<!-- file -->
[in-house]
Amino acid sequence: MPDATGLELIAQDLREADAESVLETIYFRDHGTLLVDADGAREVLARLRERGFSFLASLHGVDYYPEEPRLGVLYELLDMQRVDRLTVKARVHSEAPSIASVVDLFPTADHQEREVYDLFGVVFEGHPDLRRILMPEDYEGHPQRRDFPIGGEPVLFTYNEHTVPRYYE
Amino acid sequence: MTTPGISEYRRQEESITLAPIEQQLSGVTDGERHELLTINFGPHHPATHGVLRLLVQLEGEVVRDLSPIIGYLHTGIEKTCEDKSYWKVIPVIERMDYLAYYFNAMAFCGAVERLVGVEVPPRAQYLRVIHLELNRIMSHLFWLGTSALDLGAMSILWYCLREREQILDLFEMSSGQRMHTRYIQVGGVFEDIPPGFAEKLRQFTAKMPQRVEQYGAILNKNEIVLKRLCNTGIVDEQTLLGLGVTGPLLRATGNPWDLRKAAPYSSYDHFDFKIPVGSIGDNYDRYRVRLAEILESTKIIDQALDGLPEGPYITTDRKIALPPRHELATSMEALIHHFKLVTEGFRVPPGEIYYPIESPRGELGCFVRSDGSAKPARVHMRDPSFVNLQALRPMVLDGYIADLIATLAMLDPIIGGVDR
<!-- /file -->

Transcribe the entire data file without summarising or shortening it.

[in-house]
Amino acid sequence: MPDATGLELIAQDLREADAESVLETIYFRDHGTLLVDADGAREVLARLRERGFSFLASLHGVDYYPEEPRLGVLYELLDMQRVDRLTVKARVHSEAPSIASVVDLFPTADHQEREVYDLFGVVFEGHPDLRRILMPEDYEGHPQRRDFPIGGEPVLFTYNEHTVPRYYE
Amino acid sequence: MTTPGISEYRRQEESITLAPIEQQLSGVTDGERHELLTINFGPHHPATHGVLRLLVQLEGEVVRDLSPIIGYLHTGIEKTCEDKSYWKVIPVIERMDYLAYYFNAMAFCGAVERLVGVEVPPRAQYLRVIHLELNRIMSHLFWLGTSALDLGAMSILWYCLREREQILDLFEMSSGQRMHTRYIQVGGVFEDIPPGFAEKLRQFTAKMPQRVEQYGAILNKNEIVLKRLCNTGIVDEQTLLGLGVTGPLLRATGNPWDLRKAAPYSSYDHFDFKIPVGSIGDNYDRYRVRLAEILESTKIIDQALDGLPEGPYITTDRKIALPPRHELATSMEALIHHFKLVTEGFRVPPGEIYYPIESPRGELGCFVRSDGSAKPARVHMRDPSFVNLQALRPMVLDGYIADLIATLAMLDPIIGGVDR